Now, we will show an example from the point where you have kernel sources to the point of getting Interface Recovery results.

We have uploaded a mediatek kernel 33.2.A.3.123.tar.bz2. First download and extract the above file.

Lets say you extracted the above file in a folder called: ~/mediatek_kernel

1.4.1 Building

Install Bear and follow the below steps:

cd ~/mediatek_kernel
source ./env.sh
cd kernel-3.18
# the following step may not be needed depending on the kernel
mkdir out
make O=out ARCH=arm64 tubads_defconfig
# generating compile_commands.json
bear make -j8 O=out ARCH=arm64

1.4.2 Running Interface Recovery

cd <repo_path>/helper_scripts

python run_all.py -l ~/mediatek_kernel/llvm_bitcode_out -a 1 -c ~/mediatek_kernel/kernel-3.18/compile_commands.json -n 2 -o ~/mediatek_kernel/kernel-3.18/out -k ~/mediatek_kernel/kernel-3.18 -f ~/mediatek_kernel/ioctl_finder_out

The above command takes quite some time (30 min – 1hr).

1.4.3 Understanding the output

First, all the analysis results will be in the folder: ~/mediatek_kernel/ioctl_finder_out (argument given to the option -f), for each entry point a .txt file will be created, which contains all the information about the recovered interface.

If you are interested in information about just the interface and don’t care about anything else, We recommend you use the parse_interface_output.py script. This script converts the crazy output of Interface Recovery pass into nice json files with a clean and consistent format.

cd <repo_path>/helper_scripts
python parse_interface_output.py <ioctl_finder_out_dir> <output_directory_for_json_files>

Here <ioctl_finder_out_dir> should be same as the folder you provided to the -f option and <output_directory_for_json_files> is the folder where the json files should be created.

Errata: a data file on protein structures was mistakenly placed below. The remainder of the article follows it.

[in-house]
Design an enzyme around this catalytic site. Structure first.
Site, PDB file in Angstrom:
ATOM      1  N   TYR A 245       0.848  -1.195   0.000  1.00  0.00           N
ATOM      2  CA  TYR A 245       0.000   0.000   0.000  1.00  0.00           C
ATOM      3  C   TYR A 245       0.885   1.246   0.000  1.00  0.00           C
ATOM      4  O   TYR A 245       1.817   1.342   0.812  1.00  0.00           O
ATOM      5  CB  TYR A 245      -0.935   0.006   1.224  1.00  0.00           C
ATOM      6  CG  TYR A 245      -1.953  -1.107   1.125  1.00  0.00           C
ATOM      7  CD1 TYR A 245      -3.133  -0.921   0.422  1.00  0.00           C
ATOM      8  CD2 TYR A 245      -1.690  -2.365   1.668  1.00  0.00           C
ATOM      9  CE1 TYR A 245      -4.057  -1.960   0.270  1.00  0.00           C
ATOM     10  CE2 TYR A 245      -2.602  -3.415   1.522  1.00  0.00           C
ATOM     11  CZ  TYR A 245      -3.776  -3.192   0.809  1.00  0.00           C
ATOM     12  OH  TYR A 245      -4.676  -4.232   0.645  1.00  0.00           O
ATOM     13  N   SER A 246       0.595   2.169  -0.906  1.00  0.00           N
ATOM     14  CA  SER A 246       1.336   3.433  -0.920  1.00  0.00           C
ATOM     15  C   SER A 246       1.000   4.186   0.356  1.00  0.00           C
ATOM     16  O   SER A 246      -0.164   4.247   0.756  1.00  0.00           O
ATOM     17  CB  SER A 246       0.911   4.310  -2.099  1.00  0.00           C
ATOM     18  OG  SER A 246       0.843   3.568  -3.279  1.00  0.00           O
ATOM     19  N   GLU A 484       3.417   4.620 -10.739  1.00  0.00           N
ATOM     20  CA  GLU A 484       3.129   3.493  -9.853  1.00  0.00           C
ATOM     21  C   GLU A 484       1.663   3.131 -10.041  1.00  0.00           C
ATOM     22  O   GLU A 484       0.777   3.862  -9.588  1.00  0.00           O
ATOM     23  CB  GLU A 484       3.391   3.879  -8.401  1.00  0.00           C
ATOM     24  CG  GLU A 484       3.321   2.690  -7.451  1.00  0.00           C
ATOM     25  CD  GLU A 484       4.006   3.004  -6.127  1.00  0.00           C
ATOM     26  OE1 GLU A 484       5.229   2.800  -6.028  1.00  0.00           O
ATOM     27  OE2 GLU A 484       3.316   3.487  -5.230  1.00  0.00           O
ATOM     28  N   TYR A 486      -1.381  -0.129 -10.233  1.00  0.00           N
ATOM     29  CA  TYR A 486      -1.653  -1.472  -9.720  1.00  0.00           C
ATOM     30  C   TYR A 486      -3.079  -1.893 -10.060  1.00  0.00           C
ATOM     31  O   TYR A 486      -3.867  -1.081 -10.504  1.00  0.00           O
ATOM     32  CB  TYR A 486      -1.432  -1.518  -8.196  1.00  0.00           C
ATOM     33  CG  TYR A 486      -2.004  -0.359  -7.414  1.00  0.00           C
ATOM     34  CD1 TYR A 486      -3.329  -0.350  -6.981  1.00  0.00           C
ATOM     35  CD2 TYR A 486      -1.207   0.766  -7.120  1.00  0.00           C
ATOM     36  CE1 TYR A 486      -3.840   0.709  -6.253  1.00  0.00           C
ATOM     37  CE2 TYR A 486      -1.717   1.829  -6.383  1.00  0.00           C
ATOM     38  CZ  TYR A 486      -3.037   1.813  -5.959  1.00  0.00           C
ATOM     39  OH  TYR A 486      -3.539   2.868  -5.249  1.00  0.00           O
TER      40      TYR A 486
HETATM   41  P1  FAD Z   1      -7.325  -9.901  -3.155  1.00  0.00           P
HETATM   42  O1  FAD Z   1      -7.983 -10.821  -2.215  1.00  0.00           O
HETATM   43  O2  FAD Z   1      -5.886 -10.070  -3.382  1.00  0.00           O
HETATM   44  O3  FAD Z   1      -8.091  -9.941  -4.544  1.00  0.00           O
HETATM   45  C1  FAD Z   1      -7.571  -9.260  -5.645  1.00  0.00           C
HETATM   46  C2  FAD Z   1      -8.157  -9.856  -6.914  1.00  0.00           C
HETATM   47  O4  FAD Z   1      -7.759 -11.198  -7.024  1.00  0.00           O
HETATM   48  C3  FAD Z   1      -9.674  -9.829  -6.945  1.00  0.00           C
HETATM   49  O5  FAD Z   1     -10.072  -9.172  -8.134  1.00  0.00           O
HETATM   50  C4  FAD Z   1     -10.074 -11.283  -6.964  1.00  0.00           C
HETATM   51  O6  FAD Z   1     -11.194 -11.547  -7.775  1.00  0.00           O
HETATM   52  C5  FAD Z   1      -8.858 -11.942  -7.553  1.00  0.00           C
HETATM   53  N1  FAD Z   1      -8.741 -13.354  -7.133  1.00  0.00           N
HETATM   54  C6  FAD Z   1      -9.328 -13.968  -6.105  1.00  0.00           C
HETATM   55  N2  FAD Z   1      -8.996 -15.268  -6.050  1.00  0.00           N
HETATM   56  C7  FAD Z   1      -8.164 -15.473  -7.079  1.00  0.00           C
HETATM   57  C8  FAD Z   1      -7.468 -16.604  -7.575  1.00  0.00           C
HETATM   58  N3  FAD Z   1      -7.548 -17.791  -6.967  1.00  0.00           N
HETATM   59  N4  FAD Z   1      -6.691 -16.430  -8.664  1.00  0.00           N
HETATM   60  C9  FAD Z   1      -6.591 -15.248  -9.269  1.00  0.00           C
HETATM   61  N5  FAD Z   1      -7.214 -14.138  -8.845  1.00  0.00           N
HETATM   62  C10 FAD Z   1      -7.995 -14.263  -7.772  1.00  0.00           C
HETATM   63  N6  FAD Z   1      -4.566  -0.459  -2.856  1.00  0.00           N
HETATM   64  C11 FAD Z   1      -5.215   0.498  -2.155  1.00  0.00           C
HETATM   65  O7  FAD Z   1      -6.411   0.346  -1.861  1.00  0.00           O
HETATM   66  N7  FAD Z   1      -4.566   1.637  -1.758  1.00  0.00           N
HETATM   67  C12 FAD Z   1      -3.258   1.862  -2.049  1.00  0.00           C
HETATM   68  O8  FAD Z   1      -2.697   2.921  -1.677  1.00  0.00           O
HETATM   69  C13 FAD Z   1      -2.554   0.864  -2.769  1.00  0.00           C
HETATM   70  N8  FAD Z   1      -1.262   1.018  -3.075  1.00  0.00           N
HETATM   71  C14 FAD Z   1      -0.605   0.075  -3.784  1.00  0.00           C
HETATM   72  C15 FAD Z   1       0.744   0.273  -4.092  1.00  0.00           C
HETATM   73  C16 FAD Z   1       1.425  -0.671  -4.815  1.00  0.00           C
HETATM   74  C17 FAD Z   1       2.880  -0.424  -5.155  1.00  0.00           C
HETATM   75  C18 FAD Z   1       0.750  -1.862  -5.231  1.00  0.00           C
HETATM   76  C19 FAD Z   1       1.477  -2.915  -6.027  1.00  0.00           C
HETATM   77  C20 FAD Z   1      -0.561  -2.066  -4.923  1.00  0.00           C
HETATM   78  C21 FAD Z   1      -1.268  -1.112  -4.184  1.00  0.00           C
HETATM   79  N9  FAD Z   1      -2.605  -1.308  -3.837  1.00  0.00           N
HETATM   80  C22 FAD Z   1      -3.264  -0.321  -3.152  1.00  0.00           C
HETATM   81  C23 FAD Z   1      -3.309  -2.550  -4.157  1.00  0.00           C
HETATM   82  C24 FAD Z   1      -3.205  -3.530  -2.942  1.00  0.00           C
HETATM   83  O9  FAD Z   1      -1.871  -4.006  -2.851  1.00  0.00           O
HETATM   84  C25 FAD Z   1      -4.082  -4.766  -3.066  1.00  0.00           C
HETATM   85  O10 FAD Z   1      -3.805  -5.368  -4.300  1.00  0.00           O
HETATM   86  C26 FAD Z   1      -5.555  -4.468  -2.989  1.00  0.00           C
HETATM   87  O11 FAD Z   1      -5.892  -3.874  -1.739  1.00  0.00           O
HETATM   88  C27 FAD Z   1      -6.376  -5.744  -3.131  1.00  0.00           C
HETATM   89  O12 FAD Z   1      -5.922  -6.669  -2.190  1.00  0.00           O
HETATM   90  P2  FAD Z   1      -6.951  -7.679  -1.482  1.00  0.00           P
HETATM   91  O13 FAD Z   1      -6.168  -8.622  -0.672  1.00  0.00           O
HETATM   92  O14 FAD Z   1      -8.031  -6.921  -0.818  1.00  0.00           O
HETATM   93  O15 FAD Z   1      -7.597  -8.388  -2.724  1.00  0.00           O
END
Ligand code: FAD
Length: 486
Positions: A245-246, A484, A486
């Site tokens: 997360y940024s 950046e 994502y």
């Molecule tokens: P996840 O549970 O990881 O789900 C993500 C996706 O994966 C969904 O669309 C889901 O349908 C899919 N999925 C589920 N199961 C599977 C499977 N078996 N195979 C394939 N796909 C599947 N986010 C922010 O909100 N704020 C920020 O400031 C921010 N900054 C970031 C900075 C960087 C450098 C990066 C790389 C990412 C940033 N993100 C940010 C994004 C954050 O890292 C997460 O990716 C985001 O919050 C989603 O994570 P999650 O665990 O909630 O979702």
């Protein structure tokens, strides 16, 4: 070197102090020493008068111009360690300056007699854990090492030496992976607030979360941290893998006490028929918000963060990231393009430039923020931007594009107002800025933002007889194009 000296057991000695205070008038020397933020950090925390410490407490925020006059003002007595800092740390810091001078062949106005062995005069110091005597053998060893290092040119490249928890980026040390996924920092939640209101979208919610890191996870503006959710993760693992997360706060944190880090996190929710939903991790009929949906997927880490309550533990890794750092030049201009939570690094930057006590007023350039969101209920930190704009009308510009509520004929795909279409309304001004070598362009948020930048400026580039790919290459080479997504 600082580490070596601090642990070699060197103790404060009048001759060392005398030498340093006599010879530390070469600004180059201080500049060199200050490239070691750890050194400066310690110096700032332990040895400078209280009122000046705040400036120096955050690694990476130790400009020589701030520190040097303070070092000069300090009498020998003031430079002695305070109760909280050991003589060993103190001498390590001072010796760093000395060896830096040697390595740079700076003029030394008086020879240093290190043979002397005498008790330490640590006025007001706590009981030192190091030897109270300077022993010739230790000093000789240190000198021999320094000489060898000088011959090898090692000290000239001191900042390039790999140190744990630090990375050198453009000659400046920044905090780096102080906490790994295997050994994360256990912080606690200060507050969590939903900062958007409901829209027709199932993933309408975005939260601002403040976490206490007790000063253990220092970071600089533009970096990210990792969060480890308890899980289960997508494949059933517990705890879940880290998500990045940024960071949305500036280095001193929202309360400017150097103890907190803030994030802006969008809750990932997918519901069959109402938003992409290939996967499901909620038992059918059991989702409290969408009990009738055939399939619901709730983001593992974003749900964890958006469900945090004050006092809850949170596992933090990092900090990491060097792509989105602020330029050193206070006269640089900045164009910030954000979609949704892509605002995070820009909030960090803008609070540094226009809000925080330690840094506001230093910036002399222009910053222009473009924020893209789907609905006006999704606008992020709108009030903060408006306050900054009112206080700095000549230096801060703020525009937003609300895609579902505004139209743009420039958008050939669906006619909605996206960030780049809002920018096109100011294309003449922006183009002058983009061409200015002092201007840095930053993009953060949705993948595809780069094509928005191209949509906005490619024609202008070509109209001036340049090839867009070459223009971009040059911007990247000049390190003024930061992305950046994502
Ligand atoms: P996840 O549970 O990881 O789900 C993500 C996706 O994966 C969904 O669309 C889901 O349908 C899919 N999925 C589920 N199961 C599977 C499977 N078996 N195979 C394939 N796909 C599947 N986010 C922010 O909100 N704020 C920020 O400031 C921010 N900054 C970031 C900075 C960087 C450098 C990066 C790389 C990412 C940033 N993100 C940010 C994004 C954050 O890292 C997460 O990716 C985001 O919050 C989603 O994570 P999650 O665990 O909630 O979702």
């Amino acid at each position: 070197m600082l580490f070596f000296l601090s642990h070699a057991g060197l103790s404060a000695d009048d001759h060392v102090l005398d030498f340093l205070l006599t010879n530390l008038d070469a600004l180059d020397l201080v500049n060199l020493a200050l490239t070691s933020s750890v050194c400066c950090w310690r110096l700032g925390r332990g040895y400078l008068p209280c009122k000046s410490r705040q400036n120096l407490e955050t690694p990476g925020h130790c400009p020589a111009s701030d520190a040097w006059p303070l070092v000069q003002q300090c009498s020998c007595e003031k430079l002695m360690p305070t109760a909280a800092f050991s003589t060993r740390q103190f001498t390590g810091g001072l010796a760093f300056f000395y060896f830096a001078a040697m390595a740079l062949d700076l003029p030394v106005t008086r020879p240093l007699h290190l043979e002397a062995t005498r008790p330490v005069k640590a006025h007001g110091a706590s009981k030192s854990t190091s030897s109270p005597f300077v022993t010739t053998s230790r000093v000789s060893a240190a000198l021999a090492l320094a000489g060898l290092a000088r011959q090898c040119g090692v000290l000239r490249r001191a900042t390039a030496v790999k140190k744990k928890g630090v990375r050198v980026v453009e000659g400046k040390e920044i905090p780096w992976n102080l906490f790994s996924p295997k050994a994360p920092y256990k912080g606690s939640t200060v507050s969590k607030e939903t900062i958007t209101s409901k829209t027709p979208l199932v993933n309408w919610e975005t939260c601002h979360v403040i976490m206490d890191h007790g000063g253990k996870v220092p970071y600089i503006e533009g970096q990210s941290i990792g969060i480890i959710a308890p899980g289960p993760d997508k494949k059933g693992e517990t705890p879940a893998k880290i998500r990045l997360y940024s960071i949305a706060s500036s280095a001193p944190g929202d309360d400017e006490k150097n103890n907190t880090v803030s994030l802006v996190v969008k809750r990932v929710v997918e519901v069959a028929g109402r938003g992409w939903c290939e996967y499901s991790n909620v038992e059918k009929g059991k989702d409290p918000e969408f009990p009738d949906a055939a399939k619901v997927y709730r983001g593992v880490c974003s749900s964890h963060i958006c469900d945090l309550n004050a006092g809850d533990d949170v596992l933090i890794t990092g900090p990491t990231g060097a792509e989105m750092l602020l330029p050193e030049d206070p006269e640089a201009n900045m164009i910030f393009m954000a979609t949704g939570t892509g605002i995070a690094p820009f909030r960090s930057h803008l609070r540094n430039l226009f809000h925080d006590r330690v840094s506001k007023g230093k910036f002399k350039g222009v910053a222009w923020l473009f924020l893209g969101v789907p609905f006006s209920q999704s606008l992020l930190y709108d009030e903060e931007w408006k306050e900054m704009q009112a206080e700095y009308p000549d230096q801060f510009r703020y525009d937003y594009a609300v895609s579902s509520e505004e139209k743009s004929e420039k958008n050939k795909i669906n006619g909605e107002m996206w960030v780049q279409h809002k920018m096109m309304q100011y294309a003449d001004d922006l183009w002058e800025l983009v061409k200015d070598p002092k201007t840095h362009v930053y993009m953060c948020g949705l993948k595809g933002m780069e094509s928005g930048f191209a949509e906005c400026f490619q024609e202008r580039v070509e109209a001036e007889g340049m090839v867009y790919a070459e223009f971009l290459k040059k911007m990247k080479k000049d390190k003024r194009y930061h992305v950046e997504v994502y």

You can use the corresponding json files for the interface recovery of the corresponding ioctl.

1.4.4 Things to note:

1.4.4.1 Value for option -g (only if you use makeout.txt)

To provide value for option -g you need to know the name of the *-gcc binary used to compile the kernel. An easy way to know this would be to grep for gcc in makeout.txt and you will see compiler commands from which you can know the *-gcc binary name.

For our example above, if you do grep gcc makeout.txt for the example build, you will see lot of lines like below:

aarch64-linux-android-gcc -Wp,-MD,fs/jbd2/.transaction.o.d  -nostdinc -isystem ...

So, the value for -g should be aarch64-linux-android-gcc.

If the kernel to be built is 32-bit then the binary most likely will be arm-eabi-gcc

For Qualcomm (or msm) chipsets, you may see *gcc-wrapper.py instead of *.gcc, in which case you should provide the *gcc-wrapper.py.

1.4.4.2 Value for option -a

Depeding on the chipset type, you need to provide corresponding number.

1.4.4.3 Value for option -o

This is the path of the folder provided to the option O= for make command during kernel build.

Not all kernels need a separate out path. You may build kernel by not providing an option O, in which case you SHOULD NOT provide value for that option while running run_all.py.

Kernels built using clang

For kernels built using clang, in addition to the above options please specify the following options (assuming you used compile_commands.json):

-isclang -clangp <PATH_TO_THE_CLANG_USED_TO_BUILD_THE_KERNEL> -llvmlinkp <PATH_TO_THE_LLVM_LINK (will be in the same folder as clang)>

1.5 Post Processing

Before we can begin fuzzing we need to process the output a bit with our very much research quality (sorry) parsers.

These are found here. The main script to run will be run_all.py:

$ python run_all.py --help
usage: run_all.py [-h] -f F -o O [-n {manual,auto,hybrid}] [-m M]

run_all options

optional arguments:
  -h, --help            show this help message and exit